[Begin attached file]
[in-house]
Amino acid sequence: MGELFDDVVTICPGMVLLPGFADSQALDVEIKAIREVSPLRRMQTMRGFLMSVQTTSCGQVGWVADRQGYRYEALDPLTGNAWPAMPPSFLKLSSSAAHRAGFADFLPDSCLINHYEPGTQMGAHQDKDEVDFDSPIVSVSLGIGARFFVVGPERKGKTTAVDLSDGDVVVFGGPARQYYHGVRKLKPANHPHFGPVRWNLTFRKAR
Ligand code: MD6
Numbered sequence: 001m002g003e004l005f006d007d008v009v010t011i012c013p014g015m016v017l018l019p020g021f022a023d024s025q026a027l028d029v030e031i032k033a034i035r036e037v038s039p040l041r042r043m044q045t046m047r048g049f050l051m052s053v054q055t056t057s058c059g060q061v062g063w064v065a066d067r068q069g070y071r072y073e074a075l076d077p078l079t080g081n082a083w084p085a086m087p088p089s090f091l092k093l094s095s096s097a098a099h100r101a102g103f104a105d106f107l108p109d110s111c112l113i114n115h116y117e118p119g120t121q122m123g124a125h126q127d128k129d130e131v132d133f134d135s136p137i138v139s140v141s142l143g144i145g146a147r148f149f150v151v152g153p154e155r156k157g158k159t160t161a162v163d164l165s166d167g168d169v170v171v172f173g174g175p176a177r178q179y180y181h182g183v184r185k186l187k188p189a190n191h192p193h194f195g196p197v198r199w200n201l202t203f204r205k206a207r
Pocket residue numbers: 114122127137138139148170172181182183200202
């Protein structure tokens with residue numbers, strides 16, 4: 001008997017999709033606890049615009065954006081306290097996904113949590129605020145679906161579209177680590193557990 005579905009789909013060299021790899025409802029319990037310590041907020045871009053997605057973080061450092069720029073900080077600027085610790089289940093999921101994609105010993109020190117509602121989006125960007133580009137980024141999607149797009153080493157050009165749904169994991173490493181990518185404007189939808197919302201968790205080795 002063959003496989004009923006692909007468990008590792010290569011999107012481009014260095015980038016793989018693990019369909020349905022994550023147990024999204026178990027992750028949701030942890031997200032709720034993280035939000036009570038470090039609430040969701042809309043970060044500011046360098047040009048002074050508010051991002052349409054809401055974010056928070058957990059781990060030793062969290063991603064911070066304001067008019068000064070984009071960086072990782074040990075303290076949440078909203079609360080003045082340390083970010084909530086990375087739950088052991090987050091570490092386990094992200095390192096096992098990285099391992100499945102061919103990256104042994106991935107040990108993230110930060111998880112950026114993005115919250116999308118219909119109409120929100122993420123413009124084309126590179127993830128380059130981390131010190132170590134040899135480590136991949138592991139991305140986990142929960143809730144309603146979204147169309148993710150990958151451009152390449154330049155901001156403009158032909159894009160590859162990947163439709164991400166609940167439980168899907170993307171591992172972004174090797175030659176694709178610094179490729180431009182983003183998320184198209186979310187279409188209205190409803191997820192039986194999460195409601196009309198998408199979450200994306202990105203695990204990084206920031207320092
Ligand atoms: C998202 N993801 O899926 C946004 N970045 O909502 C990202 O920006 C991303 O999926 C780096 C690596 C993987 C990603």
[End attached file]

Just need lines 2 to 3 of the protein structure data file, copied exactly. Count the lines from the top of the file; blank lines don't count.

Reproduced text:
Amino acid sequence: MGELFDDVVTICPGMVLLPGFADSQALDVEIKAIREVSPLRRMQTMRGFLMSVQTTSCGQVGWVADRQGYRYEALDPLTGNAWPAMPPSFLKLSSSAAHRAGFADFLPDSCLINHYEPGTQMGAHQDKDEVDFDSPIVSVSLGIGARFFVVGPERKGKTTAVDLSDGDVVVFGGPARQYYHGVRKLKPANHPHFGPVRWNLTFRKAR
Ligand code: MD6